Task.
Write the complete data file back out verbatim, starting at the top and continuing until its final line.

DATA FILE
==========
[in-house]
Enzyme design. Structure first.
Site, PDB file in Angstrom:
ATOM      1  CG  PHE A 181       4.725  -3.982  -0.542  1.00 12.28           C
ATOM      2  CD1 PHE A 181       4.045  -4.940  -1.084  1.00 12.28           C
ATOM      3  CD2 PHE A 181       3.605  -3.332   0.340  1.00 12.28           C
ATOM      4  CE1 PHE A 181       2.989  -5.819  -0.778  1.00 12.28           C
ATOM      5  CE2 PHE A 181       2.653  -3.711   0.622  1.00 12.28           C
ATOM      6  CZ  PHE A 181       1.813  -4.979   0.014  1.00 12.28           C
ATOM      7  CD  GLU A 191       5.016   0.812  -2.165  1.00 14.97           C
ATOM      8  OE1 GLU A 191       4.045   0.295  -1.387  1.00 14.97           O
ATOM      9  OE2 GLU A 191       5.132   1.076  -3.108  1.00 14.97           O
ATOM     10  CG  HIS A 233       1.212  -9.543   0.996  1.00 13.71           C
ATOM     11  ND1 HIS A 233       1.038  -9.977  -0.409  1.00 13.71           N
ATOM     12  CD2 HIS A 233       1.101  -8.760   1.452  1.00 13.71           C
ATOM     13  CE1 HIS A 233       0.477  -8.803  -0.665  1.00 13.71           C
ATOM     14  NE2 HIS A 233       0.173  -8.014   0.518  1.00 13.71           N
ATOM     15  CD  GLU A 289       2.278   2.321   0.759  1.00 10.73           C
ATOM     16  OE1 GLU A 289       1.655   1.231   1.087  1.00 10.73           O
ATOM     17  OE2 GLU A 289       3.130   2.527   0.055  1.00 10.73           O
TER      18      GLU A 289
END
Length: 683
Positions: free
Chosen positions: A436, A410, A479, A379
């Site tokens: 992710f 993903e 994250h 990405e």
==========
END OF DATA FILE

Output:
[in-house]
Enzyme design. Structure first.
Site, PDB file in Angstrom:
ATOM      1  CG  PHE A 181       4.725  -3.982  -0.542  1.00 12.28           C
ATOM      2  CD1 PHE A 181       4.045  -4.940  -1.084  1.00 12.28           C
ATOM      3  CD2 PHE A 181       3.605  -3.332   0.340  1.00 12.28           C
ATOM      4  CE1 PHE A 181       2.989  -5.819  -0.778  1.00 12.28           C
ATOM      5  CE2 PHE A 181       2.653  -3.711   0.622  1.00 12.28           C
ATOM      6  CZ  PHE A 181       1.813  -4.979   0.014  1.00 12.28           C
ATOM      7  CD  GLU A 191       5.016   0.812  -2.165  1.00 14.97           C
ATOM      8  OE1 GLU A 191       4.045   0.295  -1.387  1.00 14.97           O
ATOM      9  OE2 GLU A 191       5.132   1.076  -3.108  1.00 14.97           O
ATOM     10  CG  HIS A 233       1.212  -9.543   0.996  1.00 13.71           C
ATOM     11  ND1 HIS A 233       1.038  -9.977  -0.409  1.00 13.71           N
ATOM     12  CD2 HIS A 233       1.101  -8.760   1.452  1.00 13.71           C
ATOM     13  CE1 HIS A 233       0.477  -8.803  -0.665  1.00 13.71           C
ATOM     14  NE2 HIS A 233       0.173  -8.014   0.518  1.00 13.71           N
ATOM     15  CD  GLU A 289       2.278   2.321   0.759  1.00 10.73           C
ATOM     16  OE1 GLU A 289       1.655   1.231   1.087  1.00 10.73           O
ATOM     17  OE2 GLU A 289       3.130   2.527   0.055  1.00 10.73           O
TER      18      GLU A 289
END
Length: 683
Positions: free
Chosen positions: A436, A410, A479, A379
């Site tokens: 992710f 993903e 994250h 990405e």